While each camp caters to its com­mu­nity and the peo­ple in­volved, mak­ing all of them slightly dif­fer­ent, the core val­ues re­main the same. Ba­sic con­cepts such as in­clu­sion, open com­mu­ni­ca­tion, en­cour­age­ment and never turn­ing away a child be­cause of fi­nan­cial or geo­graph­i­cal lim­i­ta­tions are shared across all camps through­out Aus­tralia. That’s the Girls Rock! spirit, af­ter all – that mu­sic is for every­body.

At Girls Rock! Mel­bourne, Driscoll’s team stays fo­cused on their val­ues through cre­at­ing the right frame­work from the begin­ning for both kids and vol­un­teers, while con­tin­u­ously of­fer­ing op­por­tu­ni­ties for the kids to be in­volved in de­ci­sion-mak­ing, cre­ative think­ing and tak­ing ac­tion.

“We do things like hav­ing an ori­en­ta­tion for the vol­un­teers. We make sure that ev­ery­one un­der­stands the mis­sion and val­ues and they all know how to en­act them in the space, and how to let that mis­sion guide their de­ci­sion-mak­ing process. We do a lit­tle ori­en­ta­tion with the kids as well, where ev­ery­one con­trib­utes to what kind of space they wish to cre­ate for the week. We write it down, and all agree to fol­low that set of agree­ments.

We also run a lit­tle morn­ing meet­ing every day, where we might show them a skit of some­thing, like a band that’s re­ally out­spo­ken, but there’s one per­son who’s re­ally shy and she’s get­ting ig­nored, so we ask the kids what’s wrong with the sit­u­a­tion. They tell us what’s wrong and how to fix it, and then we reen­act it with their sug­ges­tions. I think just hav­ing that frame­work from the very begin­ning keeps ev­ery­one in the right mind­set.”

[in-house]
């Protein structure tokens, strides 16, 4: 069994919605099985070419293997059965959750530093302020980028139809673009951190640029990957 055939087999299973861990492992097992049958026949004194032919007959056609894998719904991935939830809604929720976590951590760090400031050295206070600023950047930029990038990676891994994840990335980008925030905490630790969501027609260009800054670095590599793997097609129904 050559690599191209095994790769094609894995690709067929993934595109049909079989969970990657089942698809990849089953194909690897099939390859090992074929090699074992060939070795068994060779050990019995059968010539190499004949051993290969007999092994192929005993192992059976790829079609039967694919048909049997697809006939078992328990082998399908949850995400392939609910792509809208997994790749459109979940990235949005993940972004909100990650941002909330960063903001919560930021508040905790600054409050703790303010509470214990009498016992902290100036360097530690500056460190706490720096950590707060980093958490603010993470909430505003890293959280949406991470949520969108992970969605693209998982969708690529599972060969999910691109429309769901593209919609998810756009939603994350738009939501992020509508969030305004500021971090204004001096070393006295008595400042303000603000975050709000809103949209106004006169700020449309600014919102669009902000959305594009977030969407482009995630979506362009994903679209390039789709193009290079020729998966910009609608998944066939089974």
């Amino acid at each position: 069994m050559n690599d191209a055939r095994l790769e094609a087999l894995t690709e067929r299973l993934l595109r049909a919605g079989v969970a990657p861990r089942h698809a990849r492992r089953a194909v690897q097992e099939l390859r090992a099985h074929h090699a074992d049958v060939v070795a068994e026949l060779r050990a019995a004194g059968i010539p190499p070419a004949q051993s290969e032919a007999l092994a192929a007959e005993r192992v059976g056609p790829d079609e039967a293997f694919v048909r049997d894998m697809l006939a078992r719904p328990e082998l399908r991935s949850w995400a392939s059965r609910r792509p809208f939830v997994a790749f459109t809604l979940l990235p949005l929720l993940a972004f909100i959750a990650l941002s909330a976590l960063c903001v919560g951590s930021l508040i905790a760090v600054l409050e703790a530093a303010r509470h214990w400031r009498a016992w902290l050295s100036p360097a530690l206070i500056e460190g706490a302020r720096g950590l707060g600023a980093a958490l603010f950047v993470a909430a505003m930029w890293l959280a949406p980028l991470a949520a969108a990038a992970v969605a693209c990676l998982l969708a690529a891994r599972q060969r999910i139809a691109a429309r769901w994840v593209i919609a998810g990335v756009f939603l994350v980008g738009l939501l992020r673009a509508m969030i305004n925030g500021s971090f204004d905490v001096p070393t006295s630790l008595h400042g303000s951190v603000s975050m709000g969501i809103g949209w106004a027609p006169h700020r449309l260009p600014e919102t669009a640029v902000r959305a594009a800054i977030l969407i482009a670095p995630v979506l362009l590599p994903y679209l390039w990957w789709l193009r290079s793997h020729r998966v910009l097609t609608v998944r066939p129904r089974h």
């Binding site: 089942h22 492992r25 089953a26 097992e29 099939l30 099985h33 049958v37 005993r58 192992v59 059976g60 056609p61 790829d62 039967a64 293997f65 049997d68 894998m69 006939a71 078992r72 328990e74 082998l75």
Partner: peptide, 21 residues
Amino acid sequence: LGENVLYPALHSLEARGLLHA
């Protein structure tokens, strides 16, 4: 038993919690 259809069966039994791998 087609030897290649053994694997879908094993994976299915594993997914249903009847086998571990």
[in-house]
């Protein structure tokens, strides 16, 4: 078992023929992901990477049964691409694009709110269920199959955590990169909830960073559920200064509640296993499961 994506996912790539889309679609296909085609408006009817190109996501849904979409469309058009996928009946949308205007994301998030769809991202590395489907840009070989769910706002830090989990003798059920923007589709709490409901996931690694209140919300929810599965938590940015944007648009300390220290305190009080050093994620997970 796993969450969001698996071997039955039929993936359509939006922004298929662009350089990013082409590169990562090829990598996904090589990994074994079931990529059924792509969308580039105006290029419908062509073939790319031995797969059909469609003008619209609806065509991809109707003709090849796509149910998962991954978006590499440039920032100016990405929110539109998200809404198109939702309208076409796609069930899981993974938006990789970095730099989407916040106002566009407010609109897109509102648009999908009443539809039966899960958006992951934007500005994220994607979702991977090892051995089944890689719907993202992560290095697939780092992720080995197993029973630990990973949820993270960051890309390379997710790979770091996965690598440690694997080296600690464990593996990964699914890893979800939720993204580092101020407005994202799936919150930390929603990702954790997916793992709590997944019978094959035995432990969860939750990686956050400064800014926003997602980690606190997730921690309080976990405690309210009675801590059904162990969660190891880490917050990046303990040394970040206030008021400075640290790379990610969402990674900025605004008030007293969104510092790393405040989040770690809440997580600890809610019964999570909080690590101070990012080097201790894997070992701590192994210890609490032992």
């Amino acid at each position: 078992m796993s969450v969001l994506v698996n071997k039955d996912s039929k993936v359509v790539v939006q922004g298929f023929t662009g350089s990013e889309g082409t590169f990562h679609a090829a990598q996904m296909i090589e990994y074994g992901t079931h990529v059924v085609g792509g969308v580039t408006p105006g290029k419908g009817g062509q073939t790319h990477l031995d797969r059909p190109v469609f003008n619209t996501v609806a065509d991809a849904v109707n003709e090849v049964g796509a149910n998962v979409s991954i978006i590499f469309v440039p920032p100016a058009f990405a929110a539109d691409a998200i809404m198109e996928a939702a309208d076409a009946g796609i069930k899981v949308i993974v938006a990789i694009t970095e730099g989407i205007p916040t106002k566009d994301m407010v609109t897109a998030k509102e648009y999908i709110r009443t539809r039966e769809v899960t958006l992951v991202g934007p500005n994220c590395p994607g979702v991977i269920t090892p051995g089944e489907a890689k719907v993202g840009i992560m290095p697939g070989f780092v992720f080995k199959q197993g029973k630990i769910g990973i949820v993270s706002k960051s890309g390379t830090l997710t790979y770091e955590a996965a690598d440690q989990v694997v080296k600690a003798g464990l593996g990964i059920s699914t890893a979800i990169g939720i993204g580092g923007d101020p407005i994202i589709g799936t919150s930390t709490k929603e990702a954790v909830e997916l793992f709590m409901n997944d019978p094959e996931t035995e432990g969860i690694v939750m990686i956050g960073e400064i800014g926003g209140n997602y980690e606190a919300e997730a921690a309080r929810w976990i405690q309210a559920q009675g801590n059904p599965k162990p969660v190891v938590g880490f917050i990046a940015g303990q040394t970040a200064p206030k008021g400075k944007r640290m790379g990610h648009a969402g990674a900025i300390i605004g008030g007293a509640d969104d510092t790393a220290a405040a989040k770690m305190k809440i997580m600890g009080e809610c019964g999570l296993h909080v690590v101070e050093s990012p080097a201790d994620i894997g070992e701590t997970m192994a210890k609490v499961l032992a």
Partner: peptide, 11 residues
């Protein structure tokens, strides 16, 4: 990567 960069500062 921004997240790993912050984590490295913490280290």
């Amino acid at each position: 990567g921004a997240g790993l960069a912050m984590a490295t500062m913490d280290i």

From sim­ply pro­vid­ing a space that pri­ori­tises women and gen­der non-con­form­ing kids, to the ac­tive learn­ing style they em­body as op­posed to pas­sive ac­knowl­edge­ment, the kids who take part in these camps are con­stantly re­minded that what they have to say is gen­uinely valu­able. And while the fo­cus of the camps will al­ways be first and fore­most on the kids who take part, hav­ing the right rep­re­sen­ta­tion in men­tors – not just in bands but teach­ing, pro­duc­tion and all as­pects of the mu­sic in­dus­try – drills in the mes­sage that rep­re­sen­ta­tion is how gen­der equal­ity goals can be achieved.

By see­ing adults just like them­selves, these kids learn that mu­sic is for them and that they are wel­come within a space that they pre­vi­ously may not have felt com­fort­able within. As Driscoll puts it, “It’s the whole, ‘You don’t know what you can be un­til you see it’ kind of thing.”

Al­ways look­ing to strengthen their com­mu­ni­ties and pro­vide fur­ther ex­pe­ri­ences for the kids in­volved, Girls Rock! Can­berra be­gan an in­tern­ship pro­gram last year. An op­por­tu­nity for for­mer campers be­tween the ages of 16 and 18, who have al­ready done a Girls Rock! camp, the pro­gram of­fers these young adults a chance to be­come a teacher and a men­tor to the next gen­er­a­tion of campers.